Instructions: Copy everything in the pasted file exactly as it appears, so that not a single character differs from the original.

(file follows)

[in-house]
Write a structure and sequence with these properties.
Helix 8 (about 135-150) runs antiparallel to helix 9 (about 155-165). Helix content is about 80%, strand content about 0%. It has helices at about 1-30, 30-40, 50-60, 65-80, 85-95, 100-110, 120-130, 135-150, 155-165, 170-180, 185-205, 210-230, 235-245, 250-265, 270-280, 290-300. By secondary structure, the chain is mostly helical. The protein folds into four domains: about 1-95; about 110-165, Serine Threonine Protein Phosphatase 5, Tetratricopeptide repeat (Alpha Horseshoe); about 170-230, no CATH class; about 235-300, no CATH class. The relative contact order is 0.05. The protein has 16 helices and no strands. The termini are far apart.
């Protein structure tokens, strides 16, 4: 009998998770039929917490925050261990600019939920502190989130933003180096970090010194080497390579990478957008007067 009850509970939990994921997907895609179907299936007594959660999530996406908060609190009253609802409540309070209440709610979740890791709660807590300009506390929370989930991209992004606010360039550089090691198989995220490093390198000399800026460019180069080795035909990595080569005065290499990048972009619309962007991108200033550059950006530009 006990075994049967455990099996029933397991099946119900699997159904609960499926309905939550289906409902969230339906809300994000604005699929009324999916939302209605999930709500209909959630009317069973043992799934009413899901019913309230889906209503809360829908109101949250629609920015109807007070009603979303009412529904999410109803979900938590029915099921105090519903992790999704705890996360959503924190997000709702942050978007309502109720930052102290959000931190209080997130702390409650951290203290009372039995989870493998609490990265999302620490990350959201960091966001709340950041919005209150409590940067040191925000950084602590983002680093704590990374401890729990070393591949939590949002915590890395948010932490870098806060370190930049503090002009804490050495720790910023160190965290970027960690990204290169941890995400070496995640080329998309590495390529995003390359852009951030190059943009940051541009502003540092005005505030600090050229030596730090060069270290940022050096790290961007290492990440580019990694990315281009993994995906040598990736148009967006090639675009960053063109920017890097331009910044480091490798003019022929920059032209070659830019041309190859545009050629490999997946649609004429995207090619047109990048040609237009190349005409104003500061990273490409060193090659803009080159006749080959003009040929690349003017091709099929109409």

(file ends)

[in-house]
Write a structure and sequence with these properties.
Helix 8 (about 135-150) runs antiparallel to helix 9 (about 155-165). Helix content is about 80%, strand content about 0%. It has helices at about 1-30, 30-40, 50-60, 65-80, 85-95, 100-110, 120-130, 135-150, 155-165, 170-180, 185-205, 210-230, 235-245, 250-265, 270-280, 290-300. By secondary structure, the chain is mostly helical. The protein folds into four domains: about 1-95; about 110-165, Serine Threonine Protein Phosphatase 5, Tetratricopeptide repeat (Alpha Horseshoe); about 170-230, no CATH class; about 235-300, no CATH class. The relative contact order is 0.05. The protein has 16 helices and no strands. The termini are far apart.
């Protein structure tokens, strides 16, 4: 009998998770039929917490925050261990600019939920502190989130933003180096970090010194080497390579990478957008007067 009850509970939990994921997907895609179907299936007594959660999530996406908060609190009253609802409540309070209440709610979740890791709660807590300009506390929370989930991209992004606010360039550089090691198989995220490093390198000399800026460019180069080795035909990595080569005065290499990048972009619309962007991108200033550059950006530009 006990075994049967455990099996029933397991099946119900699997159904609960499926309905939550289906409902969230339906809300994000604005699929009324999916939302209605999930709500209909959630009317069973043992799934009413899901019913309230889906209503809360829908109101949250629609920015109807007070009603979303009412529904999410109803979900938590029915099921105090519903992790999704705890996360959503924190997000709702942050978007309502109720930052102290959000931190209080997130702390409650951290203290009372039995989870493998609490990265999302620490990350959201960091966001709340950041919005209150409590940067040191925000950084602590983002680093704590990374401890729990070393591949939590949002915590890395948010932490870098806060370190930049503090002009804490050495720790910023160190965290970027960690990204290169941890995400070496995640080329998309590495390529995003390359852009951030190059943009940051541009502003540092005005505030600090050229030596730090060069270290940022050096790290961007290492990440580019990694990315281009993994995906040598990736148009967006090639675009960053063109920017890097331009910044480091490798003019022929920059032209070659830019041309190859545009050629490999997946649609004429995207090619047109990048040609237009190349005409104003500061990273490409060193090659803009080159006749080959003009040929690349003017091709099929109409």